England Football Fans Shut Out On Both Sides Of The Atlantic
For once, the Brits know how it feels to be American. That is, they know how difficult it is to watch England play football on TV.
With the TV rights for England in Britain going to Setanta Sports, most Englanders didn’t see the two nil win against Andorra on Saturday. The same will apply to the essential England match against Croatia, which is again available only on Setanta in the UK.
In the United States, it’s always been difficult to see meaningful England games on television. Last Saturday’s debacle against Andorra was only available on pay-per-view (for $25), in pubs showing Setanta (for a $20 cover charge) and on Setanta Broadband (if you have an annual contract for $150).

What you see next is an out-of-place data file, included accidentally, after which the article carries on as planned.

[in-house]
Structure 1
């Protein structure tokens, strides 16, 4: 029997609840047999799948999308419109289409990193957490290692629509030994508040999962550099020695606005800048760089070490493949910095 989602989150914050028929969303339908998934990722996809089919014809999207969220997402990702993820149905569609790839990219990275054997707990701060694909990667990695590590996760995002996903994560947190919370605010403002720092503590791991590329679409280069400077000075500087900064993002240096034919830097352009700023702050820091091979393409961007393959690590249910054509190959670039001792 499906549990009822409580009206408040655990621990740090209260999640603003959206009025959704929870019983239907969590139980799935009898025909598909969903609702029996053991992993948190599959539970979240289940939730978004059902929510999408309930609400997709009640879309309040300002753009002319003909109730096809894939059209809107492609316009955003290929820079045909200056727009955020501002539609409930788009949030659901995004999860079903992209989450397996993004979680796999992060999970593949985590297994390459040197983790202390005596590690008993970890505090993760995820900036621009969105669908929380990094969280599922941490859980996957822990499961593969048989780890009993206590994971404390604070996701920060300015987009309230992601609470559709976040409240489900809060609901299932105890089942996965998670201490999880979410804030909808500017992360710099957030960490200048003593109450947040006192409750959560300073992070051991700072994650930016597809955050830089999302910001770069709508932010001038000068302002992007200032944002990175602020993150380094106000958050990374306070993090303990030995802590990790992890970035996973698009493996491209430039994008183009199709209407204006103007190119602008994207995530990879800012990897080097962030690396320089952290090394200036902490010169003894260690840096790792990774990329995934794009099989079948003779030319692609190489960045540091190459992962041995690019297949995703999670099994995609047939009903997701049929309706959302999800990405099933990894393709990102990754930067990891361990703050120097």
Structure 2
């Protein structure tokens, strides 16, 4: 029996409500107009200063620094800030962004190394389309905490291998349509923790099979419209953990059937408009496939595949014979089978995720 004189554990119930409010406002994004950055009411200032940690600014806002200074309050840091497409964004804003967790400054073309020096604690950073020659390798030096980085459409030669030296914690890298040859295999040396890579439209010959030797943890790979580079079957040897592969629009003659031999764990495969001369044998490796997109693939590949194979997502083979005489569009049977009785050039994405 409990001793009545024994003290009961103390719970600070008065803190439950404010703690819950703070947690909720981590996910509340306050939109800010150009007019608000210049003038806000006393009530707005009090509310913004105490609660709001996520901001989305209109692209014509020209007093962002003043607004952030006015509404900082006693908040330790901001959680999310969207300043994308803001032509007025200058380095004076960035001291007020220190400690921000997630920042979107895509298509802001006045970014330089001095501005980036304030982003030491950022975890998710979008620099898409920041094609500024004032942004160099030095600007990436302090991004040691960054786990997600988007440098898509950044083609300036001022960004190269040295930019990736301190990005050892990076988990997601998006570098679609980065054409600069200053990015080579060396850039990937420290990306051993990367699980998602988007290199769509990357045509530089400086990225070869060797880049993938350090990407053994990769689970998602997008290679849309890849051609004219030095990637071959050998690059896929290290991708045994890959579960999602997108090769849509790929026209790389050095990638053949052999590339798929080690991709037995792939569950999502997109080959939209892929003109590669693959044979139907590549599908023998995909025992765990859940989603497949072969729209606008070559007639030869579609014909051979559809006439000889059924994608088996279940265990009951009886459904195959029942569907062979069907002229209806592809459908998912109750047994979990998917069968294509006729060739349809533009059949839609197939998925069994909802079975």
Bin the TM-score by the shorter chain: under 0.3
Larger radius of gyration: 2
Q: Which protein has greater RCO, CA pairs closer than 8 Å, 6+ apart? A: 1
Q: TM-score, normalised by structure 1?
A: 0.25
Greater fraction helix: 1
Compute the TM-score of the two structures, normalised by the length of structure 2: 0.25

If you live in the States, Wednesday’s match against Croatia is available again on pay-per-view or in pubs that show the Setanta pub channel.
Or, of course, there’s half a dozen illegal ways to watch the match. In England, Setanta’s unwillingness to provide highlights of the Croatia against England match is only going to increase the demand for ways to watch it illegally — streams, P2P players and a ton of video sites.
The same thing applies to football fans in America. It’s bloody 2008. Forcing fans to pay $25 to watch one match is archaic. Very few fans are willing to spend that much cash when international matches are becoming less exciting than club football.